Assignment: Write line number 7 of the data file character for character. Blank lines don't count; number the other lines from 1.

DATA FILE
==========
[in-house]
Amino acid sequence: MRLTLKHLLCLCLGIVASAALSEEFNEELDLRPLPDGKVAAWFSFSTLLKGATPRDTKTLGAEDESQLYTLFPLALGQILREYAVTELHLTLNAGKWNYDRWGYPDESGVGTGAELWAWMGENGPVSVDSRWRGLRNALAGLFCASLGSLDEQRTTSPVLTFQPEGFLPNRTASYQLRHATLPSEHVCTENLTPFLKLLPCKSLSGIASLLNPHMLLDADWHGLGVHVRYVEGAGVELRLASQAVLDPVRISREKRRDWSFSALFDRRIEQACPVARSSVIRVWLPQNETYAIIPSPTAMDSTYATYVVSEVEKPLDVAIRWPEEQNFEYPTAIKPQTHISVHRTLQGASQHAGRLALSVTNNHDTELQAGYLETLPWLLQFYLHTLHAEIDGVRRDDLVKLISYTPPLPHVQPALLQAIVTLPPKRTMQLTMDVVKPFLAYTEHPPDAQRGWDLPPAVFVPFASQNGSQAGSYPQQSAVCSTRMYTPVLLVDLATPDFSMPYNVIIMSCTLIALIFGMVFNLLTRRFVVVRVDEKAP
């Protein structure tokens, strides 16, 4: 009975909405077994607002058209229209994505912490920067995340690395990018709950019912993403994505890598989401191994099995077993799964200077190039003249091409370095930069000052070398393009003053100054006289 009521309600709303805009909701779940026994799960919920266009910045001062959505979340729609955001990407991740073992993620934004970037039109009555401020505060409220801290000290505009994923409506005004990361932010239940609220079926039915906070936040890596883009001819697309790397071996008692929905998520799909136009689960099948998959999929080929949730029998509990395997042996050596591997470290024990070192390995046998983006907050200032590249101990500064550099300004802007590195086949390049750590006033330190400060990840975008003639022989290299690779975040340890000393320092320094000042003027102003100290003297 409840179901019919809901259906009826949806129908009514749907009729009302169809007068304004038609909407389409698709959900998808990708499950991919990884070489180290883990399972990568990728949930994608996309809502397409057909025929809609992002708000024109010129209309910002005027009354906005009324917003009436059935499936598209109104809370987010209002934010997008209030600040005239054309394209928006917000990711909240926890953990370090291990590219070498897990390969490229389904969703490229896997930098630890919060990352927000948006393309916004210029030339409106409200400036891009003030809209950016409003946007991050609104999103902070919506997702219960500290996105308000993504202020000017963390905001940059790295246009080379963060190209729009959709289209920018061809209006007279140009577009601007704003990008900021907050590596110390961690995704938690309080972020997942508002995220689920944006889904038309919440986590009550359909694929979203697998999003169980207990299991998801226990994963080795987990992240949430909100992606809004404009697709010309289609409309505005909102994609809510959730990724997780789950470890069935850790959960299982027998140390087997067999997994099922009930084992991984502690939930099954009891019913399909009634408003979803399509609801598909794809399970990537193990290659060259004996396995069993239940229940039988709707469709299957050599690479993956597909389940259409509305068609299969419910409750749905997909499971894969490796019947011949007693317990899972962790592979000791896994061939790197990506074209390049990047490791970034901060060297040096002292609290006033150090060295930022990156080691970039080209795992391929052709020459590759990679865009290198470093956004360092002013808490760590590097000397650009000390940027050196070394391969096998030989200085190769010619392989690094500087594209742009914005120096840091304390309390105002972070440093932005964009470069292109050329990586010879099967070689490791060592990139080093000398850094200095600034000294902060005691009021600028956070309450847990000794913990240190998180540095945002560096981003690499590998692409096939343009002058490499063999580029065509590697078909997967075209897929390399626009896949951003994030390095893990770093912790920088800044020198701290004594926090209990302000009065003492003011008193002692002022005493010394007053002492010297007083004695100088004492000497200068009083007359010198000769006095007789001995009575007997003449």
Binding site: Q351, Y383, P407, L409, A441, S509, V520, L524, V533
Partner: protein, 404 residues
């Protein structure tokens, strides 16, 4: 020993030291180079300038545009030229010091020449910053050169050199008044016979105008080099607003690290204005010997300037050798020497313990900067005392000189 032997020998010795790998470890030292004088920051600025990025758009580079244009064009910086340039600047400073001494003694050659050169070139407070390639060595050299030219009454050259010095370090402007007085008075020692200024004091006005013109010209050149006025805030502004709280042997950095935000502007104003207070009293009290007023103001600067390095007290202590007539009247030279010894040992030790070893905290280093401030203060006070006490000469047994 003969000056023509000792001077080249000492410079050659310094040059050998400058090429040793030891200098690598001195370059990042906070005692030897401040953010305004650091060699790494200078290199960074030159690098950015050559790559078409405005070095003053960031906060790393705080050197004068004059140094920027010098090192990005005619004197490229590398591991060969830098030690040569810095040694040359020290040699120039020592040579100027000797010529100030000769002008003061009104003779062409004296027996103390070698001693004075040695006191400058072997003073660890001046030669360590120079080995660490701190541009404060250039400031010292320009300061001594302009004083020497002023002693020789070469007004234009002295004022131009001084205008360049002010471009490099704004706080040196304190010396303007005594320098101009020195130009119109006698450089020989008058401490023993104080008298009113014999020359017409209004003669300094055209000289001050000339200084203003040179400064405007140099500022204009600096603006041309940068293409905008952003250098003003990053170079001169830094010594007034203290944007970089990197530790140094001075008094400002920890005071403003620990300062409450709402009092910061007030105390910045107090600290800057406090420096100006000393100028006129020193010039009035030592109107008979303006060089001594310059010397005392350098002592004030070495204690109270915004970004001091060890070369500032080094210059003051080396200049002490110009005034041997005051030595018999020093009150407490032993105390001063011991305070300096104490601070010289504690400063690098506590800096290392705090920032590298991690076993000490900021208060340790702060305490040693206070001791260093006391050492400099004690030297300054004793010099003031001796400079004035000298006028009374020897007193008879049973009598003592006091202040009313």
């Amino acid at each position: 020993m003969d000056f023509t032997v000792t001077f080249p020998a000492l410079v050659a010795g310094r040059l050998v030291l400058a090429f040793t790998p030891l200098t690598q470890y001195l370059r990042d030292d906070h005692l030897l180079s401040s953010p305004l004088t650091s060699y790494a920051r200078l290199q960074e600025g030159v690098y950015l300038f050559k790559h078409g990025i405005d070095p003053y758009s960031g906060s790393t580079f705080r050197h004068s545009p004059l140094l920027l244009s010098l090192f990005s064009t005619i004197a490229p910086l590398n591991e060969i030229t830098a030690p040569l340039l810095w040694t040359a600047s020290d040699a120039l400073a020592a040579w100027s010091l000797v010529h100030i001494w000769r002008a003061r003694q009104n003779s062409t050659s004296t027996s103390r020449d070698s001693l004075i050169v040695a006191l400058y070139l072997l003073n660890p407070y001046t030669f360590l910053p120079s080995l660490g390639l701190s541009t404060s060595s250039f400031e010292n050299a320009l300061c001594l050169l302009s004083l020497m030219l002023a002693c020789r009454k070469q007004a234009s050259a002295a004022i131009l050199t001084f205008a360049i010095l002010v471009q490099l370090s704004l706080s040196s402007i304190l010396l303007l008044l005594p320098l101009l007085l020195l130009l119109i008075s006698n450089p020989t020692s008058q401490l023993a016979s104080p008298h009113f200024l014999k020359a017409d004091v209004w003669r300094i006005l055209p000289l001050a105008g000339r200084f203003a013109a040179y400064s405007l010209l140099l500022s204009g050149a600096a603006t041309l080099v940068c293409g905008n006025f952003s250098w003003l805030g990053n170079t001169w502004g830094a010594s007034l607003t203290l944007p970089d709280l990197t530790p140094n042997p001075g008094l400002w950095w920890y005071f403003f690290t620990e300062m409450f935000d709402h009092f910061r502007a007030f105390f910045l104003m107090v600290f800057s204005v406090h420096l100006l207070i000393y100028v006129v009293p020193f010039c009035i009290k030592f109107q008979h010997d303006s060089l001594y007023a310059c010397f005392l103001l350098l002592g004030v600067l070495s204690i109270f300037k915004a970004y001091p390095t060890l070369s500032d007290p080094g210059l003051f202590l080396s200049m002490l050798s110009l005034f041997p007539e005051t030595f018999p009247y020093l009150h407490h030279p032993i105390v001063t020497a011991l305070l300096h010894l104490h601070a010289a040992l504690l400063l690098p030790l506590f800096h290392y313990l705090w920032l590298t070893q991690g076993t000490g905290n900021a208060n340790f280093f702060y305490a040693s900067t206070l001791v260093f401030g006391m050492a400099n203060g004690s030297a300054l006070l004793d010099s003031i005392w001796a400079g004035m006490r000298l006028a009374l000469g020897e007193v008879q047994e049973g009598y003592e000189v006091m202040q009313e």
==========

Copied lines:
């Amino acid at each position: 020993m003969d000056f023509t032997v000792t001077f080249p020998a000492l410079v050659a010795g310094r040059l050998v030291l400058a090429f040793t790998p030891l200098t690598q470890y001195l370059r990042d030292d906070h005692l030897l180079s401040s953010p305004l004088t650091s060699y790494a920051r200078l290199q960074e600025g030159v690098y950015l300038f050559k790559h078409g990025i405005d070095p003053y758009s960031g906060s790393t580079f705080r050197h004068s545009p004059l140094l920027l244009s010098l090192f990005s064009t005619i004197a490229p910086l590398n591991e060969i030229t830098a030690p040569l340039l810095w040694t040359a600047s020290d040699a120039l400073a020592a040579w100027s010091l000797v010529h100030i001494w000769r002008a003061r003694q009104n003779s062409t050659s004296t027996s103390r020449d070698s001693l004075i050169v040695a006191l400058y070139l072997l003073n660890p407070y001046t030669f360590l910053p120079s080995l660490g390639l701190s541009t404060s060595s250039f400031e010292n050299a320009l300061c001594l050169l302009s004083l020497m030219l002023a002693c020789r009454k070469q007004a234009s050259a002295a004022i131009l050199t001084f205008a360049i010095l002010v471009q490099l370090s704004l706080s040196s402007i304190l010396l303007l008044l005594p320098l101009l007085l020195l130009l119109i008075s006698n450089p020989t020692s008058q401490l023993a016979s104080p008298h009113f200024l014999k020359a017409d004091v209004w003669r300094i006005l055209p000289l001050a105008g000339r200084f203003a013109a040179y400064s405007l010209l140099l500022s204009g050149a600096a603006t041309l080099v940068c293409g905008n006025f952003s250098w003003l805030g990053n170079t001169w502004g830094a010594s007034l607003t203290l944007p970089d709280l990197t530790p140094n042997p001075g008094l400002w950095w920890y005071f403003f690290t620990e300062m409450f935000d709402h009092f910061r502007a007030f105390f910045l104003m107090v600290f800057s204005v406090h420096l100006l207070i000393y100028v006129v009293p020193f010039c009035i009290k030592f109107q008979h010997d303006s060089l001594y007023a310059c010397f005392l103001l350098l002592g004030v600067l070495s204690i109270f300037k915004a970004y001091p390095t060890l070369s500032d007290p080094g210059l003051f202590l080396s200049m002490l050798s110009l005034f041997p007539e005051t030595f018999p009247y020093l009150h407490h030279p032993i105390v001063t020497a011991l305070l300096h010894l104490h601070a010289a040992l504690l400063l690098p030790l506590f800096h290392y313990l705090w920032l590298t070893q991690g076993t000490g905290n900021a208060n340790f280093f702060y305490a040693s900067t206070l001791v260093f401030g006391m050492a400099n203060g004690s030297a300054l006070l004793d010099s003031i005392w001796a400079g004035m006490r000298l006028a009374l000469g020897e007193v008879q047994e049973g009598y003592e000189v006091m202040q009313e």